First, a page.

Florence, Italy: The History of Vernaccia di San Gimignano
Love, betrayal, and intrigue in Renaissance Florence
Dante's reference to Vernaccia
Boccaccio's reference to Vernaccia
Have you ever been to San Gimignano?
During the middle ages, devout Catholics were prompted to do a pilgrimage to Rome. The old Via Francigena (pilgrim's road) wound its way through many towns in Tuscany- including San Gimignano. Pilgrims, like tourists, stopped to sleep, eat, and purchase goods in the town, thus enabling economic growth. In addition, the lush, fertile hills surrounding San Gimignano enabled them to produce and export saffron and Vernaccia wine.
In 1199 the city became independent, and money was spent on churches and public buildings. As a show of wealth, successful families built towers that kissed the sky. By the end of the Medieval period, 72 towers graced the Tuscan skyline (each one soaring 230 feet). One can only imagine the impact this thriving city made to travelers when seen from a distance! Unfortunately, only 14 towers remain today.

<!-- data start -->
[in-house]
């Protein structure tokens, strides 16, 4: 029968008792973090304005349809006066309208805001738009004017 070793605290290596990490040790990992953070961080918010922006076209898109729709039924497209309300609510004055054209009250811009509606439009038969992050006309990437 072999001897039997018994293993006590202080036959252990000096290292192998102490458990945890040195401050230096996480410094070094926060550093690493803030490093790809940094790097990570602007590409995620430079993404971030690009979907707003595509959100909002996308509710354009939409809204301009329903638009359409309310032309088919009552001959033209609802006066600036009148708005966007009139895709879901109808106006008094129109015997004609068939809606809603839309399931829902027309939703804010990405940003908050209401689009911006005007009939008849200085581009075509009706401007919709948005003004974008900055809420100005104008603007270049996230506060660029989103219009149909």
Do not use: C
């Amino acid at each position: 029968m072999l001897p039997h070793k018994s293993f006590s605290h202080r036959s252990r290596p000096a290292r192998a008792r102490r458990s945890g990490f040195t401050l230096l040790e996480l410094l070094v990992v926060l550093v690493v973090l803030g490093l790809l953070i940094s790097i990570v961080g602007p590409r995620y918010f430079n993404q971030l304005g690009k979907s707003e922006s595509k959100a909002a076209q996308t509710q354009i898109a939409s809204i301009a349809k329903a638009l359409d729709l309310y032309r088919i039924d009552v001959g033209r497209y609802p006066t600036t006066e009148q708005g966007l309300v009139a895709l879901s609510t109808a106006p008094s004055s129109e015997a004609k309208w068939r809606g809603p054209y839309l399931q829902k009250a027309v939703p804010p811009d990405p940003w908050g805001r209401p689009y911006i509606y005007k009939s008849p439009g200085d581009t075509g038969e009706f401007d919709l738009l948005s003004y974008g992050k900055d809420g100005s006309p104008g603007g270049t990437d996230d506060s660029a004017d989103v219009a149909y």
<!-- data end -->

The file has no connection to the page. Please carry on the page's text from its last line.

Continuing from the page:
On May 8, 1300 San Gimignano hosted the great writer Dante Alighieri. In his literary masterpiece, Divina Commedia, Dante meets Pope Martin IV in Purgatory, and he is seated among the gluttons, overcome by the temptation of Vernaccia.
Later, Giovanni Boccaccio wrote the brilliant novel, Decameron, where Ghinno di Tacco captures the Abbot of Cluny who "eats toast and washes it down with Vernaccia."
‘Vernaccia’ comes from the Latin vernaculum, which means 'native' or ‘of the place.' This ancient varietal has been grown since Etruscan and Roman times, and is strictly connected to the area of San Gimignano. The grape has a tendency towards acidity and bitterness vs. fruitiness.
According to the Italian standards of DOCG (Denominazione di Origine Controllata e Garantita) Vernaccia di San Gimignano must be comprised of at least 85-90% Vernaccia di San Gimignano grapes. A maximum of 15% of approved white varieties is acceptable in the blend. It is aged for a minimum of 11 months, with 3 additional months in the bottle before release into the market.
Vernaccia di San Gimignano is an extremely crisp white wine with high acidity, and best consumed when it is young or slightly aged. It is an excellent choice when serving fish or white meat dishes. Also good with peccorino cheese, especially when accompanied by mostardi (like Certaldo onion marmalade).
An excellent Vernaccia di San Gimignano to try is: Poderi del Paradiso (Biscondola).
As always, thank you for reading!
C. De Melo
Author & Artist